Ever wonder why your meat isn’t as flavorful as you remember from years past? We’re all tending to eat leaner meat (and if you’re cruising outside the US, it’s almost always a lot leaner) and it’s the fat in meat that adds much of the flavor. While lean meat is better for your health and waistline, you may want to do a few things to add a bit more flavor to your foods.
I almost always use bouillon powder instead of salt when cooking meat dishes. It has about one-third the sodium of salt (brands can differ), so it’s somewhat healthier if you don’t use more, and it adds a lot of flavor.
I bought a couple extra salt shakers, enlarged the holes a bit — bouillon “grains” are larger than salt, or maybe “clumpier” — and kept beef and chicken bouillon powder at hand. Be sure to put a few grains of rice in the shakers (or in the original containers if you don’t use shakers) to absorb dampness, just as with salt.
You can use bouillon cubes for the same purpose — with most brands, 1 cube is equal to one teaspoon of powder. The powder is simply a little more convenient and seems to be cheaper in most places.
MILK ALLERGY INFO: Dave has an allergy to milk, so I’m alert to potential trouble items. I’ve found that almost all bouillon powder and cubes sold in the soup aisle in US groceries contain milk (whey). Interestingly, the Knorr bouillon powder sold in the Latin foods section (primarily labeled in Spanish, with English in small print — shown in the photo) does not, while the Knorr in the soup aisle, labeled primarily in English, does. Of course, check the labels in your store before buying — things can change!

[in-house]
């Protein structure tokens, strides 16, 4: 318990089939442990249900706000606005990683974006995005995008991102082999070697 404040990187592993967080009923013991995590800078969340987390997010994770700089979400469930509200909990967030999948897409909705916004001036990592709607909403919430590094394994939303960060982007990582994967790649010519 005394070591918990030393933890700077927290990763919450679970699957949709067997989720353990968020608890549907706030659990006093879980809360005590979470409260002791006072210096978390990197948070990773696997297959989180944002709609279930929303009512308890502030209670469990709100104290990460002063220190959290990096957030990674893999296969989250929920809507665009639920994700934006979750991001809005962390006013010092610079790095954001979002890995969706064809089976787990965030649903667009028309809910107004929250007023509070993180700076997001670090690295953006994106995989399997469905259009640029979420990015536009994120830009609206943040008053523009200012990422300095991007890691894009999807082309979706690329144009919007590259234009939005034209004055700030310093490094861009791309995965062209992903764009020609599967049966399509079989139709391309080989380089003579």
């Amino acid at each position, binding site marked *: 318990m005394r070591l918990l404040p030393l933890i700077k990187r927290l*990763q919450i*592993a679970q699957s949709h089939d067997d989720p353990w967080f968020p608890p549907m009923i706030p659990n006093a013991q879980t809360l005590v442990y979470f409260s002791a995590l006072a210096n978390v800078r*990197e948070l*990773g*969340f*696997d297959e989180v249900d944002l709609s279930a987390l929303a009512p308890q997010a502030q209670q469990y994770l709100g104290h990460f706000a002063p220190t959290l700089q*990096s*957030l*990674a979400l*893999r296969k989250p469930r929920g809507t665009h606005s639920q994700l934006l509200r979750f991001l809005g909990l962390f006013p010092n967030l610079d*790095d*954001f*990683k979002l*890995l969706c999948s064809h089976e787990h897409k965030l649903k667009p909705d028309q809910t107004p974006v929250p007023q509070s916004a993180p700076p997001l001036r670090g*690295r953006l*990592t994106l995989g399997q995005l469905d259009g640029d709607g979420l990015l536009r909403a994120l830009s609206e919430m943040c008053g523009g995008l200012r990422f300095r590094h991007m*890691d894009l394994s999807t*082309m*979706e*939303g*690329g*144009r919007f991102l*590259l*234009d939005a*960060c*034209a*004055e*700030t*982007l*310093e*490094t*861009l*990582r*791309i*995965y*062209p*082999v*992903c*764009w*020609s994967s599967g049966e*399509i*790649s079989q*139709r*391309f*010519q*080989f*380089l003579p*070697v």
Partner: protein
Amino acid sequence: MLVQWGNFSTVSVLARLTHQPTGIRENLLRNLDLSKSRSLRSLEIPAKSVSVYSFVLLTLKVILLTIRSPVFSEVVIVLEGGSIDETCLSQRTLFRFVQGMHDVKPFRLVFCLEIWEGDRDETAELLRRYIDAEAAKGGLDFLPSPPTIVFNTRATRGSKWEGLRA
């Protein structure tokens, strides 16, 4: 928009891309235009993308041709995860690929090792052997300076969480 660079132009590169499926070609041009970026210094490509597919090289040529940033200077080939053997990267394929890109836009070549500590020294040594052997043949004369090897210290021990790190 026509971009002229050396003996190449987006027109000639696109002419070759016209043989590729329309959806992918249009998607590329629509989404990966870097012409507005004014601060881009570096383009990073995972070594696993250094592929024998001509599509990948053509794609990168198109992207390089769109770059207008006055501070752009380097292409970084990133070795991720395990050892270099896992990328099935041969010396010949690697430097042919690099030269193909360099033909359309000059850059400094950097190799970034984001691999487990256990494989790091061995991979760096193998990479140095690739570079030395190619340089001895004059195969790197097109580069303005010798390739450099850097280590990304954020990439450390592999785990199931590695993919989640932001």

In Latin American countries, you can not only get the usual beef and chicken bouillon, but frequently tomato, vegetable, shrimp, and sometimes ham or bacon. In the right foods, all can be a good addition.
Use Liquid Drained from Cans
If you use canned meats, canned mushrooms or other canned vegetables, you probably drain the liquid before using the food.
Save that liquid and use it in place of water in various recipes. It will add flavor — and save water.
I use the liquid when I need to add water to something on the stove, in casseroles, and also when cooking rice, potatoes and pasta. Admittedly, it’s an indirect method of adding flavor to meat by adding it to the rice and pasta, but it’s effective particularly when it all ends up being eaten together, as with spaghetti and sauce.
A further extension of this is to save the water from boiling potatoes, pasta or veggies and use it in other cooking. It will also add flavor and nutrients to meat dishes, and I also frequently use it in breads such as my basic White Bread recipe.
Marinades are great for meats that will be served by themselves — that is, not incorporated into a dish with other ingredients. Marinades add flavor and, most often, a bit of fat in the form of olive oil or another oil. Here’s my favorite meat marinade recipe.
Some marinades even help to tenderize meat, which can be a problem with lean cuts (the fat marbling naturally tenderizes meat). However, a tenderizing marinade won’t turn a chuck steak into a NY Strip — it will simply be a more tender chuck steak, still better suited to slow moist cooking than grilling.
Can you add some ways that you add flavor to meats and other dishes (other than using spices)? Add your tips below!